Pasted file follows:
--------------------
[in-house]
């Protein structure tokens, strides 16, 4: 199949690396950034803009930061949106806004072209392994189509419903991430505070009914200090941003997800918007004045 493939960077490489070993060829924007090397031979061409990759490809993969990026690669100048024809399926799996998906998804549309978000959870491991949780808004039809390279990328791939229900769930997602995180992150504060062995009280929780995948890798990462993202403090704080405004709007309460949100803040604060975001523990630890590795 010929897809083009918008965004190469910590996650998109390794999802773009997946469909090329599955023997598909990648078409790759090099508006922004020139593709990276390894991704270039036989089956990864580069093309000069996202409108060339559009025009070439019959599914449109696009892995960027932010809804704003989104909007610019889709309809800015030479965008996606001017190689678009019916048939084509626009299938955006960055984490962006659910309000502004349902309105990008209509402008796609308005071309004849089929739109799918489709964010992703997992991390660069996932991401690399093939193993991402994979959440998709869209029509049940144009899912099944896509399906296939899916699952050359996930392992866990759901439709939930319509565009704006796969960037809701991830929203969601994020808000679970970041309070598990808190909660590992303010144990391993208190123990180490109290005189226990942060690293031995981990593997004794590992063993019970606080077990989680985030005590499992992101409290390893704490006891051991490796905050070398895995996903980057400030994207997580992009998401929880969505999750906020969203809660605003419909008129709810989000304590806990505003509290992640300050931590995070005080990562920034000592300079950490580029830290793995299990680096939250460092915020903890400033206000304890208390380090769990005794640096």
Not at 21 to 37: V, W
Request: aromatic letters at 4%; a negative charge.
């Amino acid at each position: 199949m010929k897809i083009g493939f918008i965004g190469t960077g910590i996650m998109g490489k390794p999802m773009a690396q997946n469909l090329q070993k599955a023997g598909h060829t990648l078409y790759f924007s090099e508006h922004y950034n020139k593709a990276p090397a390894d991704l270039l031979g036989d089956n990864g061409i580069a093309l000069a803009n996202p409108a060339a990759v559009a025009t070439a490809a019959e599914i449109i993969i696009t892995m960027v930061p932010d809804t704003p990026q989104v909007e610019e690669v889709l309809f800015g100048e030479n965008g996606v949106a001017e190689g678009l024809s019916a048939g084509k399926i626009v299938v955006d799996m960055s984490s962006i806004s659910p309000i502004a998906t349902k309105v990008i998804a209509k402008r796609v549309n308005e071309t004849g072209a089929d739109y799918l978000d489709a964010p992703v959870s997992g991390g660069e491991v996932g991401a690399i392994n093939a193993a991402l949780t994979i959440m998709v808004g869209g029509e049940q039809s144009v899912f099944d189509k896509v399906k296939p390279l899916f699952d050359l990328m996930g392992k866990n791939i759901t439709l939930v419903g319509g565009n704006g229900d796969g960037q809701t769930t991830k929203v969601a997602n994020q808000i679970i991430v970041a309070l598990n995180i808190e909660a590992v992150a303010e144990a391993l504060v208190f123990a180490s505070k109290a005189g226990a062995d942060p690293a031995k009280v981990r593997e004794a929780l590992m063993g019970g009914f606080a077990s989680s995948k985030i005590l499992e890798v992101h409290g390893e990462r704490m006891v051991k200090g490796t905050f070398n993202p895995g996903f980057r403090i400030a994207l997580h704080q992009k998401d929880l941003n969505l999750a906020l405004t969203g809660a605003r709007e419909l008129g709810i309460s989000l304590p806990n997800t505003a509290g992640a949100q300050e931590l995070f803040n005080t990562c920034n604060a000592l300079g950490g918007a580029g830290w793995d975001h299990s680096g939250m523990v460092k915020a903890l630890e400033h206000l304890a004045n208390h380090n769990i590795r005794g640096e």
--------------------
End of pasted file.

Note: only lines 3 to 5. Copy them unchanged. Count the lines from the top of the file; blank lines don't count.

Not at 21 to 37: V, W
Request: aromatic letters at 4%; a negative charge.
């Amino acid at each position: 199949m010929k897809i083009g493939f918008i965004g190469t960077g910590i996650m998109g490489k390794p999802m773009a690396q997946n469909l090329q070993k599955a023997g598909h060829t990648l078409y790759f924007s090099e508006h922004y950034n020139k593709a990276p090397a390894d991704l270039l031979g036989d089956n990864g061409i580069a093309l000069a803009n996202p409108a060339a990759v559009a025009t070439a490809a019959e599914i449109i993969i696009t892995m960027v930061p932010d809804t704003p990026q989104v909007e610019e690669v889709l309809f800015g100048e030479n965008g996606v949106a001017e190689g678009l024809s019916a048939g084509k399926i626009v299938v955006d799996m960055s984490s962006i806004s659910p309000i502004a998906t349902k309105v990008i998804a209509k402008r796609v549309n308005e071309t004849g072209a089929d739109y799918l978000d489709a964010p992703v959870s997992g991390g660069e491991v996932g991401a690399i392994n093939a193993a991402l949780t994979i959440m998709v808004g869209g029509e049940q039809s144009v899912f099944d189509k896509v399906k296939p390279l899916f699952d050359l990328m996930g392992k866990n791939i759901t439709l939930v419903g319509g565009n704006g229900d796969g960037q809701t769930t991830k929203v969601a997602n994020q808000i679970i991430v970041a309070l598990n995180i808190e909660a590992v992150a303010e144990a391993l504060v208190f123990a180490s505070k109290a005189g226990a062995d942060p690293a031995k009280v981990r593997e004794a929780l590992m063993g019970g009914f606080a077990s989680s995948k985030i005590l499992e890798v992101h409290g390893e990462r704490m006891v051991k200090g490796t905050f070398n993202p895995g996903f980057r403090i400030a994207l997580h704080q992009k998401d929880l941003n969505l999750a906020l405004t969203g809660a605003r709007e419909l008129g709810i309460s989000l304590p806990n997800t505003a509290g992640a949100q300050e931590l995070f803040n005080t990562c920034n604060a000592l300079g950490g918007a580029g830290w793995d975001h299990s680096g939250m523990v460092k915020a903890l630890e400033h206000l304890a004045n208390h380090n769990i590795r005794g640096e």